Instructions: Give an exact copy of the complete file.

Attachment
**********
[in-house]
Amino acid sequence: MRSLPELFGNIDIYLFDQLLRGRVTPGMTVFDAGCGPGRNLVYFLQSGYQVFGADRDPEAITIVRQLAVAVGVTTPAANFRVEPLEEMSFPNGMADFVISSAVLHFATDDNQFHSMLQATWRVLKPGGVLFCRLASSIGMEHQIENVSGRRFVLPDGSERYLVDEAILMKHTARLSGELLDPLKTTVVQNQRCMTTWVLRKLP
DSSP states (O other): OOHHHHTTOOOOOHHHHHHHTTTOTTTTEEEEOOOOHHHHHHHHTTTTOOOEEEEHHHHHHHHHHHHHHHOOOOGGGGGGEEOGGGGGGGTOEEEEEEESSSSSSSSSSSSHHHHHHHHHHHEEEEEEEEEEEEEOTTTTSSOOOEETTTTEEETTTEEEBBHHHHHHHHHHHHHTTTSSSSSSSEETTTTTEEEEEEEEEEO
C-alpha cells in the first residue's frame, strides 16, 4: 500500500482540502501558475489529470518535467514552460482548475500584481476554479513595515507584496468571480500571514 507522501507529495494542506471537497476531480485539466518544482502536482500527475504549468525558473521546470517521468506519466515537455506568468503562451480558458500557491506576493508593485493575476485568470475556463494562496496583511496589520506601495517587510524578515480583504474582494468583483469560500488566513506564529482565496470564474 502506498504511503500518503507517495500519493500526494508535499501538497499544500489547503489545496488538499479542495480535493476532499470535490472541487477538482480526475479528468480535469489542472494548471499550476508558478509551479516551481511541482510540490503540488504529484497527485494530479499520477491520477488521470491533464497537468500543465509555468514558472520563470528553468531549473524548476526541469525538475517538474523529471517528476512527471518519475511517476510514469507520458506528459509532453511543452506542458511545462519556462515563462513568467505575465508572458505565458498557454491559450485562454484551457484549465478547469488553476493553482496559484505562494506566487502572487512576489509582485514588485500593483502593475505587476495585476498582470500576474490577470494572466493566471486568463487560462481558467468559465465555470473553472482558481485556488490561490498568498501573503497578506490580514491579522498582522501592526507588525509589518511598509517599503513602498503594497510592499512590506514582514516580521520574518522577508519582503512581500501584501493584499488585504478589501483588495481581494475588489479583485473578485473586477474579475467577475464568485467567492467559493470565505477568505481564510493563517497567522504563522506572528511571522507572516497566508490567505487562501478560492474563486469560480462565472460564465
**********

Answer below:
[in-house]
Amino acid sequence: MRSLPELFGNIDIYLFDQLLRGRVTPGMTVFDAGCGPGRNLVYFLQSGYQVFGADRDPEAITIVRQLAVAVGVTTPAANFRVEPLEEMSFPNGMADFVISSAVLHFATDDNQFHSMLQATWRVLKPGGVLFCRLASSIGMEHQIENVSGRRFVLPDGSERYLVDEAILMKHTARLSGELLDPLKTTVVQNQRCMTTWVLRKLP
DSSP states (O other): OOHHHHTTOOOOOHHHHHHHTTTOTTTTEEEEOOOOHHHHHHHHTTTTOOOEEEEHHHHHHHHHHHHHHHOOOOGGGGGGEEOGGGGGGGTOEEEEEEESSSSSSSSSSSSHHHHHHHHHHHEEEEEEEEEEEEEOTTTTSSOOOEETTTTEEETTTEEEBBHHHHHHHHHHHHHTTTSSSSSSSEETTTTTEEEEEEEEEEO
C-alpha cells in the first residue's frame, strides 16, 4: 500500500482540502501558475489529470518535467514552460482548475500584481476554479513595515507584496468571480500571514 507522501507529495494542506471537497476531480485539466518544482502536482500527475504549468525558473521546470517521468506519466515537455506568468503562451480558458500557491506576493508593485493575476485568470475556463494562496496583511496589520506601495517587510524578515480583504474582494468583483469560500488566513506564529482565496470564474 502506498504511503500518503507517495500519493500526494508535499501538497499544500489547503489545496488538499479542495480535493476532499470535490472541487477538482480526475479528468480535469489542472494548471499550476508558478509551479516551481511541482510540490503540488504529484497527485494530479499520477491520477488521470491533464497537468500543465509555468514558472520563470528553468531549473524548476526541469525538475517538474523529471517528476512527471518519475511517476510514469507520458506528459509532453511543452506542458511545462519556462515563462513568467505575465508572458505565458498557454491559450485562454484551457484549465478547469488553476493553482496559484505562494506566487502572487512576489509582485514588485500593483502593475505587476495585476498582470500576474490577470494572466493566471486568463487560462481558467468559465465555470473553472482558481485556488490561490498568498501573503497578506490580514491579522498582522501592526507588525509589518511598509517599503513602498503594497510592499512590506514582514516580521520574518522577508519582503512581500501584501493584499488585504478589501483588495481581494475588489479583485473578485473586477474579475467577475464568485467567492467559493470565505477568505481564510493563517497567522504563522506572528511571522507572516497566508490567505487562501478560492474563486469560480462565472460564465